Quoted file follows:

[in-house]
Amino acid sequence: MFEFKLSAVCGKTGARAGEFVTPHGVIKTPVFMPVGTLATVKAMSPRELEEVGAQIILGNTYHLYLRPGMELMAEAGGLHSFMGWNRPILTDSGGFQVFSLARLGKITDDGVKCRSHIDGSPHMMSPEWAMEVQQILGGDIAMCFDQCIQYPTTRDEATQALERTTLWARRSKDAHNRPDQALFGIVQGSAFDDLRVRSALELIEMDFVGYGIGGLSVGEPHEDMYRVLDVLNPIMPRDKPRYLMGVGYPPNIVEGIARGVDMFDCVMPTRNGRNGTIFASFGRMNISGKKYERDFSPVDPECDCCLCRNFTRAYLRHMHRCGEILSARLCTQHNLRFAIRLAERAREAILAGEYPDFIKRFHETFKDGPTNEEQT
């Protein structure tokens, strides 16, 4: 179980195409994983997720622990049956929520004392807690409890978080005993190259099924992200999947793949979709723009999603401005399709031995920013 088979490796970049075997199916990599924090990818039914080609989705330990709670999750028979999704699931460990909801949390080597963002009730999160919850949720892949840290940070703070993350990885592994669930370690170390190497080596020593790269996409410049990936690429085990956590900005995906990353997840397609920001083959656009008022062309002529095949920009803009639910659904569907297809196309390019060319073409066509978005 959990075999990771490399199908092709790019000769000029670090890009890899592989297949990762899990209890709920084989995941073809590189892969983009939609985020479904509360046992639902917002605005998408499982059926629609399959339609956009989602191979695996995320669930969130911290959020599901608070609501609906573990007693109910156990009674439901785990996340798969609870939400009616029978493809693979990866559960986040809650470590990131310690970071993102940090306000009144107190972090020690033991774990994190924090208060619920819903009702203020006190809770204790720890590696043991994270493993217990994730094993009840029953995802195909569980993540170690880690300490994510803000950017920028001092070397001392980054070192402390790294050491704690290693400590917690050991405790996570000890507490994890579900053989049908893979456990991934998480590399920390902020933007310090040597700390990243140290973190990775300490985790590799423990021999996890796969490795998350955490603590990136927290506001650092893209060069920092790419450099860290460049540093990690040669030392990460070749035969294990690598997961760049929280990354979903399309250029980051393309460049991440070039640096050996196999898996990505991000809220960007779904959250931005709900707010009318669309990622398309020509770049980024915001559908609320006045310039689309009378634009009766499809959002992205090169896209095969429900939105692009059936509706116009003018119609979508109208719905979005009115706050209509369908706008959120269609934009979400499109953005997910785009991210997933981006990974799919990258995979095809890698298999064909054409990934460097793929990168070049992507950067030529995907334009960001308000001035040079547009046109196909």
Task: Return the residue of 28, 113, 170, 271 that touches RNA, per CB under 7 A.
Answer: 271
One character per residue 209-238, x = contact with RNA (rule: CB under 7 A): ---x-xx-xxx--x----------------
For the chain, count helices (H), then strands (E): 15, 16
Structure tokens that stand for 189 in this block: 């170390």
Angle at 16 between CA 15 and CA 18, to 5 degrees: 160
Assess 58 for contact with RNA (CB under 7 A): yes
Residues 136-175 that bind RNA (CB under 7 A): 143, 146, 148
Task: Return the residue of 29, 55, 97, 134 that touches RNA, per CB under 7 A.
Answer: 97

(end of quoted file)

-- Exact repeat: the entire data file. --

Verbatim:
[in-house]
Amino acid sequence: MFEFKLSAVCGKTGARAGEFVTPHGVIKTPVFMPVGTLATVKAMSPRELEEVGAQIILGNTYHLYLRPGMELMAEAGGLHSFMGWNRPILTDSGGFQVFSLARLGKITDDGVKCRSHIDGSPHMMSPEWAMEVQQILGGDIAMCFDQCIQYPTTRDEATQALERTTLWARRSKDAHNRPDQALFGIVQGSAFDDLRVRSALELIEMDFVGYGIGGLSVGEPHEDMYRVLDVLNPIMPRDKPRYLMGVGYPPNIVEGIARGVDMFDCVMPTRNGRNGTIFASFGRMNISGKKYERDFSPVDPECDCCLCRNFTRAYLRHMHRCGEILSARLCTQHNLRFAIRLAERAREAILAGEYPDFIKRFHETFKDGPTNEEQT
């Protein structure tokens, strides 16, 4: 179980195409994983997720622990049956929520004392807690409890978080005993190259099924992200999947793949979709723009999603401005399709031995920013 088979490796970049075997199916990599924090990818039914080609989705330990709670999750028979999704699931460990909801949390080597963002009730999160919850949720892949840290940070703070993350990885592994669930370690170390190497080596020593790269996409410049990936690429085990956590900005995906990353997840397609920001083959656009008022062309002529095949920009803009639910659904569907297809196309390019060319073409066509978005 959990075999990771490399199908092709790019000769000029670090890009890899592989297949990762899990209890709920084989995941073809590189892969983009939609985020479904509360046992639902917002605005998408499982059926629609399959339609956009989602191979695996995320669930969130911290959020599901608070609501609906573990007693109910156990009674439901785990996340798969609870939400009616029978493809693979990866559960986040809650470590990131310690970071993102940090306000009144107190972090020690033991774990994190924090208060619920819903009702203020006190809770204790720890590696043991994270493993217990994730094993009840029953995802195909569980993540170690880690300490994510803000950017920028001092070397001392980054070192402390790294050491704690290693400590917690050991405790996570000890507490994890579900053989049908893979456990991934998480590399920390902020933007310090040597700390990243140290973190990775300490985790590799423990021999996890796969490795998350955490603590990136927290506001650092893209060069920092790419450099860290460049540093990690040669030392990460070749035969294990690598997961760049929280990354979903399309250029980051393309460049991440070039640096050996196999898996990505991000809220960007779904959250931005709900707010009318669309990622398309020509770049980024915001559908609320006045310039689309009378634009009766499809959002992205090169896209095969429900939105692009059936509706116009003018119609979508109208719905979005009115706050209509369908706008959120269609934009979400499109953005997910785009991210997933981006990974799919990258995979095809890698298999064909054409990934460097793929990168070049992507950067030529995907334009960001308000001035040079547009046109196909």
Task: Return the residue of 28, 113, 170, 271 that touches RNA, per CB under 7 A.
Answer: 271
One character per residue 209-238, x = contact with RNA (rule: CB under 7 A): ---x-xx-xxx--x----------------
For the chain, count helices (H), then strands (E): 15, 16
Structure tokens that stand for 189 in this block: 């170390």
Angle at 16 between CA 15 and CA 18, to 5 degrees: 160
Assess 58 for contact with RNA (CB under 7 A): yes
Residues 136-175 that bind RNA (CB under 7 A): 143, 146, 148
Task: Return the residue of 29, 55, 97, 134 that touches RNA, per CB under 7 A.
Answer: 97